Peanut Milk

Posted on Thu, Aug. 15, 2002

story:PUB_DESC

Patrons say peanut milk has boosted their energy and eased ailments; health experts are skeptical

Mercury News
 
KK Cafe owners Jack and Margaret Chang developed the drink by accident three years ago.
KK Cafe owners Jack and Margaret Chang developed the drink by accident three years ago.

The aroma at San Francisco's tiny KK Cafe is thick with fried burgers and espresso. But what really draws the customers is an odd homemade brew of peanuts and rice.

A growing legion of devotees is streaming into the Haight-Ashbury burger joint to buy peanut milk that customers say has helped them with everything from skin ailments to the side effects of chemotherapy and AIDS-suppressing drugs. Cafe owners Jack and Margaret Chang, who developed it by accident three years ago, now sell an estimated 200 quarts a day.

The drink's production has not been inspected by the city health department. It is not approved by the Food and Drug Administration and has never been clinically tested for benefits. Yet testimonials line the cafe's dingy walls, swearing the juice has done what modern medicine can't.

Health experts are skeptical.

"Peanuts and rice are wholesome foods, but do I believe it has any power beyond chicken with peanut sauce over rice? Personally I wouldn't," said Dr. Rajiv Bhatia of the San Francisco Health Department. He said that many people have severe allergic reactions to peanuts, and was concerned that the contents are not listed on the bottle and that the bottling process is not inspected.

The Changs said everyone who buys it knows what's in it, and they are careful not to make any precise medical claims.

"I don't know why it works and I am not a doctor or a scientist," said Jack Chang, a spry and wiry 55. "I'm just a cook. But I see my customers coming in every day healthier."

Chang developed the recipe by accident. Chronic gum disease prevented him from eating the crunchy peanuts he'd always enjoyed in his native Taiwan. So one day he boiled peanuts with rice and a little sugar, and drank the stuff.

He was surprised when within weeks his gums healed, he claims. He also thinks he got more energy. Margaret, 53, tried the grainy drink and said she felt an energy lift, too.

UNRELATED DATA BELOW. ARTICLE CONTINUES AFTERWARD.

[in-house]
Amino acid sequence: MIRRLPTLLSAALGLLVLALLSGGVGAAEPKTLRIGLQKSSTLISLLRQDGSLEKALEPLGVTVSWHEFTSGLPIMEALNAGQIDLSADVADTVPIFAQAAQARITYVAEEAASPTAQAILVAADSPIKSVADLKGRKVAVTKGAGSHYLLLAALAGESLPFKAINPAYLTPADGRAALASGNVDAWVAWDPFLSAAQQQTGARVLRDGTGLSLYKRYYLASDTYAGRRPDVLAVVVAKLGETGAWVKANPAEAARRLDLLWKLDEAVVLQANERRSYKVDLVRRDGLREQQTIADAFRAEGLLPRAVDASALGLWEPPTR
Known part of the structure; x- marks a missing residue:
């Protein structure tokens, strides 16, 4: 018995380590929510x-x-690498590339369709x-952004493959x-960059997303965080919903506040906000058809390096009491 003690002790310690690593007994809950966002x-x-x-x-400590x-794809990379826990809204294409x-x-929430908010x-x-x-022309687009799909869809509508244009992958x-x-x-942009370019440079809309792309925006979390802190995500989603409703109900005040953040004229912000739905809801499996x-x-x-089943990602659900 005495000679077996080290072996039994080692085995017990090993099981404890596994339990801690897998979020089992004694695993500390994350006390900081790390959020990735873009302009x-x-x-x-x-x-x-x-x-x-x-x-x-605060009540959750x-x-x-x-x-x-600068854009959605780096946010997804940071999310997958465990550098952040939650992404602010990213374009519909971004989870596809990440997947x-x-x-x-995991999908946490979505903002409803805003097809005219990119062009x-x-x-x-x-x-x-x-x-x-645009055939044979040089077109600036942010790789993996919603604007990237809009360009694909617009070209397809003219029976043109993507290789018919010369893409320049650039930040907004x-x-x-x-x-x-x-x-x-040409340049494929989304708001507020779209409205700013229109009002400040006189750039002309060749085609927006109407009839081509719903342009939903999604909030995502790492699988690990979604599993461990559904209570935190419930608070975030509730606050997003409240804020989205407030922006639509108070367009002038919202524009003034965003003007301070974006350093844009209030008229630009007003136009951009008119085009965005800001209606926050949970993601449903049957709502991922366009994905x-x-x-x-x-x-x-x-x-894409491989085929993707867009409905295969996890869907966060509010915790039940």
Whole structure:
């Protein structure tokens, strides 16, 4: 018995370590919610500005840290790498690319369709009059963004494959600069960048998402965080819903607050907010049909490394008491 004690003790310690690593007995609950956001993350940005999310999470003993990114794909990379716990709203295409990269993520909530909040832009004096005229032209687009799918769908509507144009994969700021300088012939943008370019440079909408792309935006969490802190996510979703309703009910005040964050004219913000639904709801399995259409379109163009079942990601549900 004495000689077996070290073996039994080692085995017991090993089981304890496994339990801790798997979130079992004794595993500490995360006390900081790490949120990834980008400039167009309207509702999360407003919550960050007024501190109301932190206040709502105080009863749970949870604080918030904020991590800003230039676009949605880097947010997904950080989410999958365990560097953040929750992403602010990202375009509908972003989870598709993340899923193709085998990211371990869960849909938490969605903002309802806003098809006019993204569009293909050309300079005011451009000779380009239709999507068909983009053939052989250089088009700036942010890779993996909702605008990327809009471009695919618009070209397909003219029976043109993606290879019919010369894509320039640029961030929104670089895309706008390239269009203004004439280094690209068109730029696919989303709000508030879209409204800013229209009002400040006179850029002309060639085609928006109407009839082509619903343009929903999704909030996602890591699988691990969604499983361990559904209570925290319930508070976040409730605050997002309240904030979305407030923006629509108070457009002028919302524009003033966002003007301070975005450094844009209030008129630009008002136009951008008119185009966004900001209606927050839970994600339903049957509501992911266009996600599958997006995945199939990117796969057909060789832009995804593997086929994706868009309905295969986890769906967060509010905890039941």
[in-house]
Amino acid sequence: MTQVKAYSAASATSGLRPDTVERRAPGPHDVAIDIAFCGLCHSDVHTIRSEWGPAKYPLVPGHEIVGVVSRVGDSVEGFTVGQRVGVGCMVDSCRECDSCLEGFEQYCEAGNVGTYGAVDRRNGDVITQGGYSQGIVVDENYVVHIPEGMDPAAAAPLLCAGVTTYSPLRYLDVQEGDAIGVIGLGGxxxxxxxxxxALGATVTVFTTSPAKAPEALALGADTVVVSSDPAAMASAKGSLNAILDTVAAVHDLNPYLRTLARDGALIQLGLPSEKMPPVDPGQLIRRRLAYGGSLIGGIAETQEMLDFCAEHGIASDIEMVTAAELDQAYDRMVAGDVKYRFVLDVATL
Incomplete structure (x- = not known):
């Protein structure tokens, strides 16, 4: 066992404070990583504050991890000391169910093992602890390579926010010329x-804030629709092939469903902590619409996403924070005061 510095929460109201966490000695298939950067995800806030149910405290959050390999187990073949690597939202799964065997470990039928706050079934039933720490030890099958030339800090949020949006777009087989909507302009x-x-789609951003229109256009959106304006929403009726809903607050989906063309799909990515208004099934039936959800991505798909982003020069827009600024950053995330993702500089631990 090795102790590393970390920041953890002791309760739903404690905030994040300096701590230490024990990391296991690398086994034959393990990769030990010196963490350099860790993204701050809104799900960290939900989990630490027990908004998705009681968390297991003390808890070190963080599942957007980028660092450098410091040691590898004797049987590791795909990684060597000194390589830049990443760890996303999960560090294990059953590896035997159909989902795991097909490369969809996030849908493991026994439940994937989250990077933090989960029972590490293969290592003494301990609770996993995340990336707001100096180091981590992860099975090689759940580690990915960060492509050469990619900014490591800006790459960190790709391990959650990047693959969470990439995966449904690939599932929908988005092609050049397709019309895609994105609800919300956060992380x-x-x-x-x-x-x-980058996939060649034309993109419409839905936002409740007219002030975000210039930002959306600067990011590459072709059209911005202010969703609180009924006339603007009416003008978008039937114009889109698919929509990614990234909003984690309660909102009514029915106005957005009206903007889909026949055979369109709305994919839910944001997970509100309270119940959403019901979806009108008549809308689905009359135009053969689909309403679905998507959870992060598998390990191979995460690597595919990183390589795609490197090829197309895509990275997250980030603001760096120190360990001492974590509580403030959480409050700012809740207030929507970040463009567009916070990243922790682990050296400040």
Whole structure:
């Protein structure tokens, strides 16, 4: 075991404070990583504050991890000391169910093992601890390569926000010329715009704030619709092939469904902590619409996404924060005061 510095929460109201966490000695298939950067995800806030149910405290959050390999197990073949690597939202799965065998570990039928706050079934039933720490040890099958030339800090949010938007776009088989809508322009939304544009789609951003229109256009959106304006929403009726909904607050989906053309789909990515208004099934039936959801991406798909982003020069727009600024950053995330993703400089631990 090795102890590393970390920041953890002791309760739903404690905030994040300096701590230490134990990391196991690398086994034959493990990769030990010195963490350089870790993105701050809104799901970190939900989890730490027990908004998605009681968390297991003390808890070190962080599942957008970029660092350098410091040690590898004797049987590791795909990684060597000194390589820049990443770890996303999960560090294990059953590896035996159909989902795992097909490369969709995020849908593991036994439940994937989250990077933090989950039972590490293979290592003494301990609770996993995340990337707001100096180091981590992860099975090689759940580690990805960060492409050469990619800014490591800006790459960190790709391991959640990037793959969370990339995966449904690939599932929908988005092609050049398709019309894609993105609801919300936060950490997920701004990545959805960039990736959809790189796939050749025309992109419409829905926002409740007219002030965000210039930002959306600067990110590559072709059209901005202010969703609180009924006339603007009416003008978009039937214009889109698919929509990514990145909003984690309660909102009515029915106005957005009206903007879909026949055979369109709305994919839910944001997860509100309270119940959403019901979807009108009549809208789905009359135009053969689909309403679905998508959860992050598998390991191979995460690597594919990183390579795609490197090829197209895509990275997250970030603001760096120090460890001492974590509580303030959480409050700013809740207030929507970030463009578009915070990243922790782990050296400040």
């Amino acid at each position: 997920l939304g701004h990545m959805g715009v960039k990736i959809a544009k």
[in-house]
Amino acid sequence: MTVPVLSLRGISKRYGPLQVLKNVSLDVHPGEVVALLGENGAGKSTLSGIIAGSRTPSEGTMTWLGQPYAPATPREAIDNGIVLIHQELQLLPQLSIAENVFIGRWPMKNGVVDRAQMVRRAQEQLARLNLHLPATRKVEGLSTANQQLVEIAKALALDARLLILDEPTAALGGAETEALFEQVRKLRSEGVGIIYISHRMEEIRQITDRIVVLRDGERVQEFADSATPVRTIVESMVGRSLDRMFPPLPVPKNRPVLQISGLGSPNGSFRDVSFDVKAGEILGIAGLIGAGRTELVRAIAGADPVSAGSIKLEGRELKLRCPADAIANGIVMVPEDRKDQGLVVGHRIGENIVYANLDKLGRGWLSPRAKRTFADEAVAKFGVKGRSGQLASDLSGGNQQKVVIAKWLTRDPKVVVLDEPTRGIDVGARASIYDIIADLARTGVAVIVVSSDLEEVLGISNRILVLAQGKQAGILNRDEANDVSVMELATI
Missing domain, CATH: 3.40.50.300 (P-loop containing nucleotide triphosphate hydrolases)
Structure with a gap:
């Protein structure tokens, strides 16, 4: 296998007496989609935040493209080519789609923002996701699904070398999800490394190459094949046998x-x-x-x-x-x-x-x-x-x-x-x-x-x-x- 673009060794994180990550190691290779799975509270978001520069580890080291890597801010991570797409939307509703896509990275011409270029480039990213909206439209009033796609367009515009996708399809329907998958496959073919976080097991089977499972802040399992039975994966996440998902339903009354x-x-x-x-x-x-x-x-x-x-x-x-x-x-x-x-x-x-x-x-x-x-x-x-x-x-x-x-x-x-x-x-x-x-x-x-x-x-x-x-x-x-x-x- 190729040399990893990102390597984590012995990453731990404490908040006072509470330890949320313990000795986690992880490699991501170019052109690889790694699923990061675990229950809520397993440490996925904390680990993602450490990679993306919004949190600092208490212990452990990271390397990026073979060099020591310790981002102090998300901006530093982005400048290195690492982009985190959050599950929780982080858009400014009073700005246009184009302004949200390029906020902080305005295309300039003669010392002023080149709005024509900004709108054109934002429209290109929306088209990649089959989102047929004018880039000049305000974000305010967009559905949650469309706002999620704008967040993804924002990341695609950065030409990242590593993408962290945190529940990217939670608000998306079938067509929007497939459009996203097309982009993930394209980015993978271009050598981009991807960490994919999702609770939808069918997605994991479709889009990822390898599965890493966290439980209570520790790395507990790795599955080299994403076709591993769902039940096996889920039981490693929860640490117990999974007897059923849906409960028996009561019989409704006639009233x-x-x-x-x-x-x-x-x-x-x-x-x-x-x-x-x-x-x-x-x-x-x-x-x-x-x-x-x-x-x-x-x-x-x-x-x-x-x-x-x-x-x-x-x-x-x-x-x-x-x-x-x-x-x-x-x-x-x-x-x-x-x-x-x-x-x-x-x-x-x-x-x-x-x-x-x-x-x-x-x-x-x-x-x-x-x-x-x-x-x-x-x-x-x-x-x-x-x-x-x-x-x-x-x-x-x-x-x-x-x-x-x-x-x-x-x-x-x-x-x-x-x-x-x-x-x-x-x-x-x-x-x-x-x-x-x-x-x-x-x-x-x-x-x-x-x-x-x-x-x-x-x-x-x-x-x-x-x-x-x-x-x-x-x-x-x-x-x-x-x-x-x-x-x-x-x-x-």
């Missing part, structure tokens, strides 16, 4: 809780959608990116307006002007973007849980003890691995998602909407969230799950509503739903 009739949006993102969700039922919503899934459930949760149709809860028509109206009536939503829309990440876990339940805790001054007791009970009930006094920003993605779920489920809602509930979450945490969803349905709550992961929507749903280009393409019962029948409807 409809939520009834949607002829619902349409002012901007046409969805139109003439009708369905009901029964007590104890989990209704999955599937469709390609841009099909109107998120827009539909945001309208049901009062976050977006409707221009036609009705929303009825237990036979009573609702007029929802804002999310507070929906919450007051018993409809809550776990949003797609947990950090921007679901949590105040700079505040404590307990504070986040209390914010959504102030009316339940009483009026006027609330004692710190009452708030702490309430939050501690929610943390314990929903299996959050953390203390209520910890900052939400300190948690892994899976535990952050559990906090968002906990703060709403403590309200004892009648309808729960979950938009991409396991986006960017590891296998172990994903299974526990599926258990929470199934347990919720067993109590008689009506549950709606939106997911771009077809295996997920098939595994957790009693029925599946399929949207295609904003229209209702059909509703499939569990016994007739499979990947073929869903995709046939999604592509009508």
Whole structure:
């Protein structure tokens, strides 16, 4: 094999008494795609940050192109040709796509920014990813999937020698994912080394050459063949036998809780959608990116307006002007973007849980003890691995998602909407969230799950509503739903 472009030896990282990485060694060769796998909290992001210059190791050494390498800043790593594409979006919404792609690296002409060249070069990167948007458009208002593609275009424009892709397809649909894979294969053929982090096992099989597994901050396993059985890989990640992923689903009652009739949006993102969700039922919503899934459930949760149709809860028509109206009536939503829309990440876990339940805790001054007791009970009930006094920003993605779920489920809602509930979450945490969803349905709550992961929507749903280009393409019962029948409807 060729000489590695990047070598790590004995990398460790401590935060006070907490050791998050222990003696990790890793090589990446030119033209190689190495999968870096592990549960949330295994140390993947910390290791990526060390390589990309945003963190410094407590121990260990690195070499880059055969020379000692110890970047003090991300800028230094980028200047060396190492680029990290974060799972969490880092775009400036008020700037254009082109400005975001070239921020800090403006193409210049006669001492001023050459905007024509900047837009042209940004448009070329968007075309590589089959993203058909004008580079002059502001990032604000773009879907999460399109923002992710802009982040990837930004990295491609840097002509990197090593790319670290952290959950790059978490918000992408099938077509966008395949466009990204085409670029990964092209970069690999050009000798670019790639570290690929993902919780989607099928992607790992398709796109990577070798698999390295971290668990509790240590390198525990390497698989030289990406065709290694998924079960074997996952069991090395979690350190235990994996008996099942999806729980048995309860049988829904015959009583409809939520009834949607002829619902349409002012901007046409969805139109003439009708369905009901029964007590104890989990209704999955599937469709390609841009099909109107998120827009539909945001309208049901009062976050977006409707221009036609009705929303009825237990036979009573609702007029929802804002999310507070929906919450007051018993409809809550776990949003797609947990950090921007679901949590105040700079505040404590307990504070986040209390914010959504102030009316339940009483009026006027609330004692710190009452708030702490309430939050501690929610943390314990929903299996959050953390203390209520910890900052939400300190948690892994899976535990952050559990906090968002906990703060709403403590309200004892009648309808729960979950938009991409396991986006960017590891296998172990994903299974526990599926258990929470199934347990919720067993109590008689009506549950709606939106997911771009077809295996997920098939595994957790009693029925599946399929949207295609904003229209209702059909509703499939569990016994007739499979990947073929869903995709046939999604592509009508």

The couple kept mixing batches for themselves, and eventually let curious customers try the brew. Chang offered it first to customers with HIV and AIDS who frequented the cafe, located near a hospital and the Castro district, where many gay people were fighting the disease. After watching his brother die of an AIDS-related illness in 1990, he said he was eager to offer something to help.

Soon, the couple said, people were reporting all kinds of health benefits.

The Changs began bottling it in their cafe kitchen under the name "Signs and Wonders," a phrase from the Bible. They were featured on the local evening news, and the story hit the airwaves in Los Angeles.

Now the Changs say they can't keep up with demand for their milk. They stay late every night making it, and now want to find an investor to mass produce it.

Regular customers range from healthy professionals looking for an energy boost to the chronically ill.

A father said that two months after his 9-year-old son started on the drink, he was able to take his son off strong anti-inflammatory steroids for swelling from kidney disease. A woman who drinks it every night said she no longer suffers hot flashes.

Tatum Blass, 27, a medical student who has suffered from diabetes and kidney disease, said painful skin lesions vanished after she began drinking peanut milk in December. "Nothing else worked," she said. "I'm not cured, but at least I have my skin back."

A man undergoing chemotherapy and taking anti-HIV drugs said it was the only thing he could drink during his therapies. He claims it boosted his energy and helped him withstand the treatments.

Although health experts recognize people with diseases for which there is no cure may be drawn to such alternative or home remedies, they caution that patients should be wary. Even natural remedies can interfere with drug treatments, said Brenda Lien of Project Inform, a non-profit group that reviews treatment possibilities for people with HIV and AIDS.

"Some people will say, `I just feel better since I've started using such and such an approach.' Even placebos have an effect, whether it's real or not," she said. She stressed that there's no clinical tests that show any nutritional supplements necessarily help people with HIV.

If a drink made with peanuts and rice has any benefit, said Bhatia, it may be simply that it is nutritious and possibly easier for sick people to digest than solid foods.

"If the drink is either by faith or by soothing effects relieving those symptoms, it's hard to make a strong case for trying to dissuade them," he said. "In a way, it's sort of like taking communion."

Contact Renee Koury at rkoury@sjmercury.com or (415) 394-6878.
 
 
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